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Article
July 6, 1935

OBSERVATIONS ON THE CLINICAL COURSE OF CORONARY ARTERY DISEASE

JAMA. 1935;105(1):2-6. doi:10.1001/jama.1935.02760270004003
Abstract

An inadequate circulation to the myocardium, particularly of the left ventricle, is primarily responsible for the cardiac disability in coronary artery disease. This varies in extent and distribution with the size and number of vessels involved by the sclerotic process and whether they are partially or completely occluded. Moreover, it may develop gradually or occur abruptly as from the sudden closure of one of the larger coronary arteries. In view of the great variation in these and other factors, it is not surprising that the clinical manifestations of coronary artery disease are varied and that sudden death may be the first intimation of the disease in some, whereas others may live for years after the appearance of the first symptom.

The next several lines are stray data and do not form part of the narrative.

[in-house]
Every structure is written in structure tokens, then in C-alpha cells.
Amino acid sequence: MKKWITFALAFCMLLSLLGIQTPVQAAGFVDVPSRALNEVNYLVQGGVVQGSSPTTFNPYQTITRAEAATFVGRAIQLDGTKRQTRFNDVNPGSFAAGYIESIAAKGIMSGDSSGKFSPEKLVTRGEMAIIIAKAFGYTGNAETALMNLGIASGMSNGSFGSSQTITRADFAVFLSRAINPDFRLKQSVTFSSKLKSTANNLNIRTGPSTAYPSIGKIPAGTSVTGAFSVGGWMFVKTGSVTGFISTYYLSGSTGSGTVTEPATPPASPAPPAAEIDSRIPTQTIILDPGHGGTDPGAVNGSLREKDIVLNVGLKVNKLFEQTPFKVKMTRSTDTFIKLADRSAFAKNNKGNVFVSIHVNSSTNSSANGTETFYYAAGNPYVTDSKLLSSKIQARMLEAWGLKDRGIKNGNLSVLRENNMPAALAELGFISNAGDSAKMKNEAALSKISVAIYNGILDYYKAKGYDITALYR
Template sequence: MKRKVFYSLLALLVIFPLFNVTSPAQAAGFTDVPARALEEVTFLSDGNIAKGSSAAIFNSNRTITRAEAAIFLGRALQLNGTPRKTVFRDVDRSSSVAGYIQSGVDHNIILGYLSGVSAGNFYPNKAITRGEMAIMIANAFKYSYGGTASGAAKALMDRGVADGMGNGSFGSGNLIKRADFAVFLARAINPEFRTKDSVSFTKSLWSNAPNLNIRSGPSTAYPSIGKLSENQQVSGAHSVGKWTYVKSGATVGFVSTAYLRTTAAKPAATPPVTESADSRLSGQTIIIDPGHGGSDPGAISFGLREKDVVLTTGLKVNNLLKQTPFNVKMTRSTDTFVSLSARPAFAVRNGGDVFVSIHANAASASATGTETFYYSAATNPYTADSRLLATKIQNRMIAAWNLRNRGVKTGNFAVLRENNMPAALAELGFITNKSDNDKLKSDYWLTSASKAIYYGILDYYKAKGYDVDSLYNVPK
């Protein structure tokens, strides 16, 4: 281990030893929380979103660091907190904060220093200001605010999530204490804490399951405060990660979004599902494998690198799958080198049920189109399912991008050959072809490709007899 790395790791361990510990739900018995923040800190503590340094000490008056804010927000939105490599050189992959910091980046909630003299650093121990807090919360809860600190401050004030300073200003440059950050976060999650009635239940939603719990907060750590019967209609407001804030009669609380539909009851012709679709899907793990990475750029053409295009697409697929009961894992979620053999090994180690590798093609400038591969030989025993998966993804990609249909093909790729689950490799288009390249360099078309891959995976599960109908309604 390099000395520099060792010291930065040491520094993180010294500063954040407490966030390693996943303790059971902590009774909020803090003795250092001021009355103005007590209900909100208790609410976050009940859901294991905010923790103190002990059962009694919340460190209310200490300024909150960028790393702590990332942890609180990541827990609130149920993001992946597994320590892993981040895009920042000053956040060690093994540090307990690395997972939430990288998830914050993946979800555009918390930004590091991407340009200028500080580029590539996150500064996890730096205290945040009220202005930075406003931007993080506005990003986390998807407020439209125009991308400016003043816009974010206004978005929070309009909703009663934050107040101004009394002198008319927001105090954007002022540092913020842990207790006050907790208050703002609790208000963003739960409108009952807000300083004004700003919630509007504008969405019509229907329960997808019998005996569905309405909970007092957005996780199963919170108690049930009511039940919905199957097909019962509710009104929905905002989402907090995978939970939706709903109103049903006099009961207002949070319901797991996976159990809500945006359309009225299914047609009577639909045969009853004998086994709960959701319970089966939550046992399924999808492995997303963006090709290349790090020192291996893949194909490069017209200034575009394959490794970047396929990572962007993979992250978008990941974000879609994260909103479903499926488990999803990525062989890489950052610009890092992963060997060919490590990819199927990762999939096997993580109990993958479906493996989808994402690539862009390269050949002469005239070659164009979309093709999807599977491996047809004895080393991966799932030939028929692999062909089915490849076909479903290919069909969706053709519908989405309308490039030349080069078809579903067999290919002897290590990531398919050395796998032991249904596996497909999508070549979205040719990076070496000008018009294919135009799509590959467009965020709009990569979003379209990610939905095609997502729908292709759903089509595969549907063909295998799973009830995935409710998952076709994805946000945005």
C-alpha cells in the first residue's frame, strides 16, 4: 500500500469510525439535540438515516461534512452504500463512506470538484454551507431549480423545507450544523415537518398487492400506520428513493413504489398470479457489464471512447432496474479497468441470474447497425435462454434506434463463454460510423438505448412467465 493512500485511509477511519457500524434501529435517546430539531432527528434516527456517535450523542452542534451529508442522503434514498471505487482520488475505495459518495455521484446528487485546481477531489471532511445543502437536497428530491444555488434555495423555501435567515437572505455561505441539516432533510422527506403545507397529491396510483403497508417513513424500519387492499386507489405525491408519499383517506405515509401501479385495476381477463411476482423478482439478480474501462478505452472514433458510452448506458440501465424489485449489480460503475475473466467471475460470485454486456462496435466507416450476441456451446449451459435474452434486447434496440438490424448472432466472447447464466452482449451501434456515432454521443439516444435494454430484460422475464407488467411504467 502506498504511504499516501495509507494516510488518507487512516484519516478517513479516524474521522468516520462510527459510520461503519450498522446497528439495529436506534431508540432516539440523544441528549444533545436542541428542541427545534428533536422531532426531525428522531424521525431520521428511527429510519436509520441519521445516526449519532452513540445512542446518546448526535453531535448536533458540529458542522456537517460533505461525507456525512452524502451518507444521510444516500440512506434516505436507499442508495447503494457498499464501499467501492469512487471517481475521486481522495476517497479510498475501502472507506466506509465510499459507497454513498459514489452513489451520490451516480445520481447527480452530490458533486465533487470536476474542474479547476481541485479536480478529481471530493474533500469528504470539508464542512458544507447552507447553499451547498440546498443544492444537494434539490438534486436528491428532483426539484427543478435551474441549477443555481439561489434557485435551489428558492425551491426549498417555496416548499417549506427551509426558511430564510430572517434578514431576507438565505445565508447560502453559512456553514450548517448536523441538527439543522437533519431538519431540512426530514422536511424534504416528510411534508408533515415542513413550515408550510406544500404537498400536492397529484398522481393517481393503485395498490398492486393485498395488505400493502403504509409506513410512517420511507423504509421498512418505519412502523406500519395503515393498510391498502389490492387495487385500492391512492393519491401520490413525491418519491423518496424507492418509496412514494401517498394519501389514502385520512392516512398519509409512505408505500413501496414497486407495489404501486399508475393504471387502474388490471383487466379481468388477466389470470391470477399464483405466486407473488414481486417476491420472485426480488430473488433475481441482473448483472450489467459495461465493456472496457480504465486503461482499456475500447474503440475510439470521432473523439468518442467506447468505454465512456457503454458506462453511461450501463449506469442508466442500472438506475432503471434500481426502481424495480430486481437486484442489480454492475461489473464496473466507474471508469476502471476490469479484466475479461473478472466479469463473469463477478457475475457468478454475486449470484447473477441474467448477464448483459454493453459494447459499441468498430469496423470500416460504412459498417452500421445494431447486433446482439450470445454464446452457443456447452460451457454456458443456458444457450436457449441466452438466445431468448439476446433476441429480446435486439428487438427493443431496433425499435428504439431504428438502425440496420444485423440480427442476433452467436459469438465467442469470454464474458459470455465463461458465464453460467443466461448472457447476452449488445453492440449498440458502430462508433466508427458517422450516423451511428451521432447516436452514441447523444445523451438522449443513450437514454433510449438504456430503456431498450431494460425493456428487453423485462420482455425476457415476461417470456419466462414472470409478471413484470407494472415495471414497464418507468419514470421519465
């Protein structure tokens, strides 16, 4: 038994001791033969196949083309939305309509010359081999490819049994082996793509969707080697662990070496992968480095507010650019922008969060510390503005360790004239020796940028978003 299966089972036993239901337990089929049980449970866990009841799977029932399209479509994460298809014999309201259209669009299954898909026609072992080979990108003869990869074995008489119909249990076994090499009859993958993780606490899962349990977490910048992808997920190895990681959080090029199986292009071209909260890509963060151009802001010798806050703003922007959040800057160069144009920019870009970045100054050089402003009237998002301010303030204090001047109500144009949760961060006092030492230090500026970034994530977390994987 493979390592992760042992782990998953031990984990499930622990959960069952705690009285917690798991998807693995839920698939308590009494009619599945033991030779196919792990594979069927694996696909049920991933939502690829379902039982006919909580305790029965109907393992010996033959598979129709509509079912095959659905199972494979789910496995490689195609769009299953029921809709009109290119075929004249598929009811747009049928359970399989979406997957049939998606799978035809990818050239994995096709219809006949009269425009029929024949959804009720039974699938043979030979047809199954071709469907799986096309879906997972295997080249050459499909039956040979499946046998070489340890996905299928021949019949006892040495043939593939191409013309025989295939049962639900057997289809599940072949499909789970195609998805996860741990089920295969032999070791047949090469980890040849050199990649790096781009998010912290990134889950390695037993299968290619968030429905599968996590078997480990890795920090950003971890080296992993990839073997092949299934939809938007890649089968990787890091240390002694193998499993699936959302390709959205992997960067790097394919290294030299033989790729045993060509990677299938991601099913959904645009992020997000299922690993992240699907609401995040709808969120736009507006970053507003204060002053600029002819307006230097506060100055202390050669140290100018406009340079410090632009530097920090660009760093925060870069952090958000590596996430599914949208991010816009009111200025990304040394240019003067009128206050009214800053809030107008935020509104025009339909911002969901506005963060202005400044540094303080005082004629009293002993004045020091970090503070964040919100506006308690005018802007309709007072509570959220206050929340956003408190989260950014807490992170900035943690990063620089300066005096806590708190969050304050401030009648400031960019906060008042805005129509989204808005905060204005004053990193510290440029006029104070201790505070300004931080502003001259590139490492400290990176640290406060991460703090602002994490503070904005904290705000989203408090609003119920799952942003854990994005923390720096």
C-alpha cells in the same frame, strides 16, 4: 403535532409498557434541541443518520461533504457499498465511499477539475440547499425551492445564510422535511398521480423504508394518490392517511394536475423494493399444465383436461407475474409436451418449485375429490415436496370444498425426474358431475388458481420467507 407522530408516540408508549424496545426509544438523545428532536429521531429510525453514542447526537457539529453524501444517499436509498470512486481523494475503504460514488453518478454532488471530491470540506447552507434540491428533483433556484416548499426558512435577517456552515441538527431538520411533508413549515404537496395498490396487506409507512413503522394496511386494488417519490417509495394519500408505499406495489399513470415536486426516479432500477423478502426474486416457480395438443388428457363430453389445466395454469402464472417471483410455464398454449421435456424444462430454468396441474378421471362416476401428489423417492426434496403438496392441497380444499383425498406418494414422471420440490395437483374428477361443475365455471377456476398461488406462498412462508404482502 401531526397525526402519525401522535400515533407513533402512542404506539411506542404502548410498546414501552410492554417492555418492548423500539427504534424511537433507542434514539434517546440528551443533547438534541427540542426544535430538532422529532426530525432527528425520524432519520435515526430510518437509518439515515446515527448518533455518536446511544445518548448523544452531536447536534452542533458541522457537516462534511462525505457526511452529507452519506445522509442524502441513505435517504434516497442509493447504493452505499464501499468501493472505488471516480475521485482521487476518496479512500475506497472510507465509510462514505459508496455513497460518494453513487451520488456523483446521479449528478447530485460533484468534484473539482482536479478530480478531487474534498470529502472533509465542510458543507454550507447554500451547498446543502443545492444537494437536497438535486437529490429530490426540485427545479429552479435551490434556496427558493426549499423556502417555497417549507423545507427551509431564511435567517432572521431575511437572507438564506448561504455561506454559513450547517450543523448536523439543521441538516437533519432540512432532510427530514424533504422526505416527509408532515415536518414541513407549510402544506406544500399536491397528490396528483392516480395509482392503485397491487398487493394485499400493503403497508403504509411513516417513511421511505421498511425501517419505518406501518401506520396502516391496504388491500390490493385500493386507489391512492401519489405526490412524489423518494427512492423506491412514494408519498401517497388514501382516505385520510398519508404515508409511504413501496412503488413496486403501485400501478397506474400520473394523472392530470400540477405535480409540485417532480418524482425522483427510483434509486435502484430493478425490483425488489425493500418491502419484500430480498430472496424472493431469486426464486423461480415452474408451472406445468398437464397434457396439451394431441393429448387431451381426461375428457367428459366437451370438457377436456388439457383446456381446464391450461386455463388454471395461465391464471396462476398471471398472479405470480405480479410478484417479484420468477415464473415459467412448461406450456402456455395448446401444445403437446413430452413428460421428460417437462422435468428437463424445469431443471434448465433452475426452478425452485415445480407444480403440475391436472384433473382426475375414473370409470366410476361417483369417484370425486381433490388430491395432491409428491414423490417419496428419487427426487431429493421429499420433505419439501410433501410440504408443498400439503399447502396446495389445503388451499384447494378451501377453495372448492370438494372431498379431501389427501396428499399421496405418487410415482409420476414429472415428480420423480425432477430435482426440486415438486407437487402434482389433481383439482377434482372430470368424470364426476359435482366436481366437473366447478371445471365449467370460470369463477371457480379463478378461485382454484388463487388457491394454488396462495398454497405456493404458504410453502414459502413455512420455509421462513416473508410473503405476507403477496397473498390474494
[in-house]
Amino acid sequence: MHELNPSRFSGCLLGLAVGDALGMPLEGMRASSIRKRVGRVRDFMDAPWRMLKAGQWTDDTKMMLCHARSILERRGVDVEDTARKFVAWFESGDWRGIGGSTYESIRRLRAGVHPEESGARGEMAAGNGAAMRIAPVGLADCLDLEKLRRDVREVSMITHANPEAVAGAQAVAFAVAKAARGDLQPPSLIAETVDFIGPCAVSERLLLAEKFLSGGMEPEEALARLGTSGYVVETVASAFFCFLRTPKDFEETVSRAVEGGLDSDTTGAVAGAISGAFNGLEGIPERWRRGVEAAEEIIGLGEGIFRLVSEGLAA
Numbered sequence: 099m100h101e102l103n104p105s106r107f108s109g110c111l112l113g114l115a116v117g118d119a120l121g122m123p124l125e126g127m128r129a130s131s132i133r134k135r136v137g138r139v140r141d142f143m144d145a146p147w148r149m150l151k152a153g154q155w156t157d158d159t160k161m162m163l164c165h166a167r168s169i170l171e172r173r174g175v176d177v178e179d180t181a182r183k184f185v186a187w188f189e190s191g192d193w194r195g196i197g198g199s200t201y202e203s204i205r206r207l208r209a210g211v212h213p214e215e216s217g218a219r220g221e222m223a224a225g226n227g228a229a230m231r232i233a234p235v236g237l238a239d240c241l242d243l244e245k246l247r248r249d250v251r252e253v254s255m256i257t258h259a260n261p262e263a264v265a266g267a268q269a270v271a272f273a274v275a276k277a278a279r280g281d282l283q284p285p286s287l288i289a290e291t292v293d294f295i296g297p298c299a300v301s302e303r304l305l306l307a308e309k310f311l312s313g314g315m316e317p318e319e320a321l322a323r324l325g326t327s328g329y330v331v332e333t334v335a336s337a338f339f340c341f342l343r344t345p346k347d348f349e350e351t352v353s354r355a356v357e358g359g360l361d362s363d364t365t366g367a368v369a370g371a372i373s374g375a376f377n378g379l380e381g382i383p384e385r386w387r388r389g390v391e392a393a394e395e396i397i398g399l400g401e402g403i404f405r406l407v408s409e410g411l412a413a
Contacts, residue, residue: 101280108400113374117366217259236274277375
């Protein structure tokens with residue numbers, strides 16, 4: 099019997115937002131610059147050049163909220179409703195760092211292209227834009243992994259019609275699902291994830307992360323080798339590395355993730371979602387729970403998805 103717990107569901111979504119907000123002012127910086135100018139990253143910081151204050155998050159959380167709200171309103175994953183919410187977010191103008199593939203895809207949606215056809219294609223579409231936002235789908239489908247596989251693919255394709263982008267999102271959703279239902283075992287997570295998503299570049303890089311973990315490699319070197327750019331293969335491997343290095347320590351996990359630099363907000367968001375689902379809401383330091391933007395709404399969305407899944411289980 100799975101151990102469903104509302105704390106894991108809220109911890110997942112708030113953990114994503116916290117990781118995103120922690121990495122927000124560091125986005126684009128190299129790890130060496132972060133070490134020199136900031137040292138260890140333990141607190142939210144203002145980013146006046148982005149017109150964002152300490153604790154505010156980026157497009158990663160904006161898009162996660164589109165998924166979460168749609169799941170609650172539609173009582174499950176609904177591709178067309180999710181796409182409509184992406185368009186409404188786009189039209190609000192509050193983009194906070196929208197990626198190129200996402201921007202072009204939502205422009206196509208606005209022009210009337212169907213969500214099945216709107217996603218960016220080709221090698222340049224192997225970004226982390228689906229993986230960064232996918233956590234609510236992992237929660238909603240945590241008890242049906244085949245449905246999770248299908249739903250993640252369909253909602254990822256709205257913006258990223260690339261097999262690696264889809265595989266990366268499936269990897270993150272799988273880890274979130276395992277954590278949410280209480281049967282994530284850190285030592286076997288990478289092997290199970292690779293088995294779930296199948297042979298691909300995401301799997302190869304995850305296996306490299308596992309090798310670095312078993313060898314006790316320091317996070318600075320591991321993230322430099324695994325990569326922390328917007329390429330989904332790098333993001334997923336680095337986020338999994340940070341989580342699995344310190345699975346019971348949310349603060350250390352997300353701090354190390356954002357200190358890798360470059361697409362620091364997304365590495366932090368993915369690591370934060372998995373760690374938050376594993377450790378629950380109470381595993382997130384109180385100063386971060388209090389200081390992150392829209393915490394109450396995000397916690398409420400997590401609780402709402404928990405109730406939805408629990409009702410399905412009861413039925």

This report is based on the study of 420 cases of coronary artery disease in which the progress of the cardiac disability was analyzed with reference to the character of

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